By Kaeley Triller | Published: January 17, 2017
I am 33 years old, and I have never heard a godly man tell me he loves me.
Like many little girls, I used to dream of the heroic prince who would storm castle walls and valiantly risk certain death to prove his love for me. But like far too many others, my dream ended up being more of a nightmare. The only man who ever said he loved me during my childhood was actually a pedophile who exploited my vulnerability for his own sick purposes. By the time I was grown, I had learned to fight my own battles and slay my own dragons, the most vicious of these monsters being my need to be loved.
The love I had known was a lie. And it was killing me.
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In the absence of any tangible sense of value, I drew what felt like the only reasonable conclusion: I was worthless. I spent the next 10 years of my life making heinous choices that perpetuated this lie, until my physical reality matched the condition of my heart.
There’s a term we often use to describe this type of destructive downward spiral. It’s called an identity crisis. And it’s at the root of a whole slew of today’s prevailing issues. From the transgender agenda to racial division to sexual trauma, identity crisis is the tie that binds so many of us together in our sin and shame.
I wish I could tell you that my story is unique, but it’s not. Studies indicate that sexual abuse survivors represent one out of every five females.
So when my boss at our local YMCA asked me to draft talking points to sell a new policy that would effectively open our organization’s numerous locker rooms and bathrooms on the basis of gender identity rather than biological sex, it was these girls that I thought of first.
I thought of the innocent little ones getting ready for swimming class who might find themselves exposed to a predatory male. I thought of the girls who had already been violated and had worked so hard to reclaim their personal boundaries—and how damaging it would be for them to know that, at any moment, a male could invade their privacy and claim his right to be there. I thought of the numerous predators I had personally caught in our facilities trying to gain access to our girls. I worried about the implications for women’s sports teams and homeless shelters. The slippery slope was seemingly endless and cluttered with deeply harmful consequences for women.
So I declined the assignment and appealed to the good Christian men around me to defend my cause, but no one would.
And I got fired.
I was soon employed by the statewide campaign to repeal the open locker room law in Washington state. When I realized that we were strongly opposed by heavyweight companies, I knew we would need the help of the local church in order to be successful.
However, I was devastated by what I discovered next.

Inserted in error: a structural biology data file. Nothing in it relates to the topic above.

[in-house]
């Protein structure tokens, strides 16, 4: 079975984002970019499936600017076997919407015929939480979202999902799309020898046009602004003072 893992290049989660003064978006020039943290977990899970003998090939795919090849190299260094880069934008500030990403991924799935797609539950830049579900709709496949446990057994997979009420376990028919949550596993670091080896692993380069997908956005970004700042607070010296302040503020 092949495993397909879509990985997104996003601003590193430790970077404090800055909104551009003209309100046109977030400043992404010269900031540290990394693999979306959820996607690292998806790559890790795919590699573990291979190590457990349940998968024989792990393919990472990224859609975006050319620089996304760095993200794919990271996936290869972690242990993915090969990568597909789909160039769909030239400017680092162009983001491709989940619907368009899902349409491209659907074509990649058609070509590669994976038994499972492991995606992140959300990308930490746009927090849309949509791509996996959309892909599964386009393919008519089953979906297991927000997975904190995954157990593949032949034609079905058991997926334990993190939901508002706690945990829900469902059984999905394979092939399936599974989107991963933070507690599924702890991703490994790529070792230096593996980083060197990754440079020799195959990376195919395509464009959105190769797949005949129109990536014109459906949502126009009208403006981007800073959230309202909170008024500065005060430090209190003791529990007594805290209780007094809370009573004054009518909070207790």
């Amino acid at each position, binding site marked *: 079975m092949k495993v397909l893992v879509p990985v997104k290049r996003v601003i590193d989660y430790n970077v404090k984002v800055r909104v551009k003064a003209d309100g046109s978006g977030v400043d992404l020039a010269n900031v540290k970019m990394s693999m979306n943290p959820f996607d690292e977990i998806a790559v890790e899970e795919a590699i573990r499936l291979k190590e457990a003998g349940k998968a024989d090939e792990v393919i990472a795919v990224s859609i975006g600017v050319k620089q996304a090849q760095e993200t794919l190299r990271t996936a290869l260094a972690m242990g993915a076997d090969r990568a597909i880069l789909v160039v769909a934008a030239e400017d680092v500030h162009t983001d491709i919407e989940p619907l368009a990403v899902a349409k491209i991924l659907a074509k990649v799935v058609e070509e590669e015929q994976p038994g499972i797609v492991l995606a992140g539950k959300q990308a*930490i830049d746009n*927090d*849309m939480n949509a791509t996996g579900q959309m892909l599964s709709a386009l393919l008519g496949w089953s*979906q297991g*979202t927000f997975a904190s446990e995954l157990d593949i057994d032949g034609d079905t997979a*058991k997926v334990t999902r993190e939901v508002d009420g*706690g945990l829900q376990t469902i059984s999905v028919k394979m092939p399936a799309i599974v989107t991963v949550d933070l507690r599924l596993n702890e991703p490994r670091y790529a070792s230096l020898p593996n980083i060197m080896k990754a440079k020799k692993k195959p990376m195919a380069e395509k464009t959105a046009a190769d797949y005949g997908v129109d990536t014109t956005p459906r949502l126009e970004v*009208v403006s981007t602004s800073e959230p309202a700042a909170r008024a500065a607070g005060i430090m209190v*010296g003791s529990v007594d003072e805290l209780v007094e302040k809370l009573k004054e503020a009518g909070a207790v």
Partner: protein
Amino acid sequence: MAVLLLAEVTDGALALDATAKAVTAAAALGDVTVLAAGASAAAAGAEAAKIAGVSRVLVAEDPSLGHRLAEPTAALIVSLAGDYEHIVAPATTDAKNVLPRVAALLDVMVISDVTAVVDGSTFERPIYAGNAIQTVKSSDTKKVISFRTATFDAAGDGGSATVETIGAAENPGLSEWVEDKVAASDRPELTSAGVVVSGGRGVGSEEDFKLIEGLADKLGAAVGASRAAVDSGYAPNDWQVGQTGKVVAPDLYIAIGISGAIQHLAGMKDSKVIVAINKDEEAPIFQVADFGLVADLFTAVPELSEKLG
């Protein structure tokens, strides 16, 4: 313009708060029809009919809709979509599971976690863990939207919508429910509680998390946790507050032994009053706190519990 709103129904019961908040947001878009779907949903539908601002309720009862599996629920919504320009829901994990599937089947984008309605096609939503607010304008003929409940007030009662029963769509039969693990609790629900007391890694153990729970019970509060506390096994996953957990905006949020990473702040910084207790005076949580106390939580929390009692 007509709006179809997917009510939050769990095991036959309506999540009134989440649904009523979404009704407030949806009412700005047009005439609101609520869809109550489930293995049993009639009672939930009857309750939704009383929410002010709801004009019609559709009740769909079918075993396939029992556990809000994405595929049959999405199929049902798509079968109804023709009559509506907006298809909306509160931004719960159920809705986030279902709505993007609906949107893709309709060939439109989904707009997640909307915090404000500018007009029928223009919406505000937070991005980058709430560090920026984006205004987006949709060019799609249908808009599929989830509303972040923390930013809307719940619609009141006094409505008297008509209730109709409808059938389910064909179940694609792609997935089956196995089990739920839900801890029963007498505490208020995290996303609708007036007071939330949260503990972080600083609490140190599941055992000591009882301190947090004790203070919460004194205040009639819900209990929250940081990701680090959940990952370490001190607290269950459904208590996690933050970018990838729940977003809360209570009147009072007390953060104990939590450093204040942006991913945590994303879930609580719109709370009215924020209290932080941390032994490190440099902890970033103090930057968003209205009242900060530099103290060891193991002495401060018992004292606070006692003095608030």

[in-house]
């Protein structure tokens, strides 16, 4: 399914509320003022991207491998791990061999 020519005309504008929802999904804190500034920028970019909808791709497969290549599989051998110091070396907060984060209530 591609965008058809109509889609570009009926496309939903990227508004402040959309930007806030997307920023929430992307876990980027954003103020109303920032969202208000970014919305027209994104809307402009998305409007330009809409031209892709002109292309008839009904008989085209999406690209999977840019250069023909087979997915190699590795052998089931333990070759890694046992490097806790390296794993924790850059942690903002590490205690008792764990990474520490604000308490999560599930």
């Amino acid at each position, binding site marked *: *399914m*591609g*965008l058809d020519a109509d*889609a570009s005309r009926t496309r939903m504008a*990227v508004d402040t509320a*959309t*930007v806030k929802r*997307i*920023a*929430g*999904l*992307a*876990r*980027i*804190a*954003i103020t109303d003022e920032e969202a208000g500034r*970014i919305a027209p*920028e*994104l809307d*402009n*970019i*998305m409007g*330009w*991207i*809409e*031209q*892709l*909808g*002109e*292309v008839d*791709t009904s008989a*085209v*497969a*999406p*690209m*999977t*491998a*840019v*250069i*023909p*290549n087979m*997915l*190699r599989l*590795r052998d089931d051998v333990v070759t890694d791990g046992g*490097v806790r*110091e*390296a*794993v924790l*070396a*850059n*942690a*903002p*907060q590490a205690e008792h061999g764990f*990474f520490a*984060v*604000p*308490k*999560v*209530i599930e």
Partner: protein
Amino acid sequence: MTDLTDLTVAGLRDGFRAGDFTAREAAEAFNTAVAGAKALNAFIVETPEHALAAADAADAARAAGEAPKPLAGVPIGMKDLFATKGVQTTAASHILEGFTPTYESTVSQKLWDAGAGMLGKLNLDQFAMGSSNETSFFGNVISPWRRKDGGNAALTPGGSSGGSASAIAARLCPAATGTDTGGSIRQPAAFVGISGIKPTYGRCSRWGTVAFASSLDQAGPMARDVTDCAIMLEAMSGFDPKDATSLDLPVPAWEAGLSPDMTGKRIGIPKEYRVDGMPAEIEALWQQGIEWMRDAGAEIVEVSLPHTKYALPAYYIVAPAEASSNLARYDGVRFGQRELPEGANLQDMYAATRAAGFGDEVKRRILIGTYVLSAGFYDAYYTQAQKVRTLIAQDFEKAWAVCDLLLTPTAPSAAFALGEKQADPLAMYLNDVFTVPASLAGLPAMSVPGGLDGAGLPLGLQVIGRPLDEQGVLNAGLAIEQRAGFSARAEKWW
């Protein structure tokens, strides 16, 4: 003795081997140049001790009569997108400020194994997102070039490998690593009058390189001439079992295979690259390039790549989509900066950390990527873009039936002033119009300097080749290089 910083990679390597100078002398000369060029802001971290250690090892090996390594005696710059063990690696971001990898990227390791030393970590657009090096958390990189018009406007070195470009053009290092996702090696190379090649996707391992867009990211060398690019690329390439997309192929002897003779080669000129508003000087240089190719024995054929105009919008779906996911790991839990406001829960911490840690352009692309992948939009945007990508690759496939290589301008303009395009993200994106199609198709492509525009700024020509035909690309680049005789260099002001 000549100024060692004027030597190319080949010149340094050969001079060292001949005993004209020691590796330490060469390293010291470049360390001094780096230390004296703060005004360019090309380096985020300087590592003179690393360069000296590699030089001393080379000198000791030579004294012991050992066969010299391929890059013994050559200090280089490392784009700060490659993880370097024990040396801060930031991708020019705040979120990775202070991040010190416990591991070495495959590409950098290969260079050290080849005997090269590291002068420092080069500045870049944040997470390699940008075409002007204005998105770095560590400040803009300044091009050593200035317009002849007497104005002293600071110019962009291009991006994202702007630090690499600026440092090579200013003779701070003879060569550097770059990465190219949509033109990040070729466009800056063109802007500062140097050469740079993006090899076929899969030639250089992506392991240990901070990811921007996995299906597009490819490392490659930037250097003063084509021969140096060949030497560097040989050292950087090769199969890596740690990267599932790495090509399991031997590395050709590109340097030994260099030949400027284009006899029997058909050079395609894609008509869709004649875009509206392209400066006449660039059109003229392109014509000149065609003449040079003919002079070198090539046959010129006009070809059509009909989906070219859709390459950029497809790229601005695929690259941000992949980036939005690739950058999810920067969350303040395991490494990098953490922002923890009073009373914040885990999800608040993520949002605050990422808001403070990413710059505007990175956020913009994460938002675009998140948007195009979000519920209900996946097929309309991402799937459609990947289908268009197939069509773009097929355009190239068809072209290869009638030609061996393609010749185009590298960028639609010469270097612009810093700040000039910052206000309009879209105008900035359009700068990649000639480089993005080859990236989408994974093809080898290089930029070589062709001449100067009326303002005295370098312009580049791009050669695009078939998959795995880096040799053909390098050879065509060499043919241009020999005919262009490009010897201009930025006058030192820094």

The church, it seemed, was in the midst of its own identity crisis. While a few faithful churches rose to the challenge, most of our requests for help were met with the same response: We don’t want to be perceived as being unloving to the broken.
One volunteer called more than 150 churches to ask for support, and only seven said yes.
Too many churches have come to embrace a flawed definition of love, and it’s killing our witness and our impact.
Since I first publicly shared my history of sexual trauma, I have heard from hundreds of women from across the country with heartbreaking stories. From lesbians to radical feminists to conservative Christians, one of the most painful but recurring themes in their stories is this: When I asked the churches to help me, no one would.
But, dear church, our need to feel loving cannot supersede our responsibility to truly love well. The world has convinced too many of us that truth is bigotry, real love is hate, silence is golden and if it feels good it is good. There’s nothing wrong with transgender ideology, right? After all, God loves everyone, doesn’t He?
But true love isn’t defined by the world; it’s defined by the One who laid down His life to redeem the world. And the Jesus model doesn’t always feel warm and fuzzy. Sometimes it’s unspeakably lonely and wildly unpopular. Jesus said “Come as you are,” but He never said “Stay as you are.” Instead, He said, “Go and sin no more.” In order for the church to be salt and light, we need pastors who are prepared to contend with the brutal reality that salt stings wounds and that light blinds those who are committed to darkness. True love looks as much like Gethsemane as it does like Heaven, and sometimes it will feel like death.
Isn’t that what Jesus promised? Isn’t that the kind of selfless, sacrificial love He gave?
While I wasted years of my life waiting for a fairy tale prince to define my sense of worth and identity, a real live King had already stormed the gates of hell to give me a new one. I’m no longer a harlot or a college dropout or a failed wife. I am a daughter of the King, and as such, I have both the confidence to expect better treatment for women and the courage to do everything within my power to demand it.
But these battles require an army, not isolated soldiers. We are reviewing every possible option to repeal the bathroom/locker room law in Washington, including the option of refiling an initiative to have the voters repeal it. We need the church’s help. A church that intimately knows the heart of her King does not fear conflict with the world; she embraces the conflict as His vehicle to radical transformation.
True love inspires boldness and action. As gender identity politics sweep the nation, the church will have ample opportunity to rise to the challenge and demonstrate love. Only the Jesus kind will do. ©2016 Kaeley Triller
Kaeley Triller is director of communications for the Just Want Privacy Campaign in the Seattle-Tacoma metro area.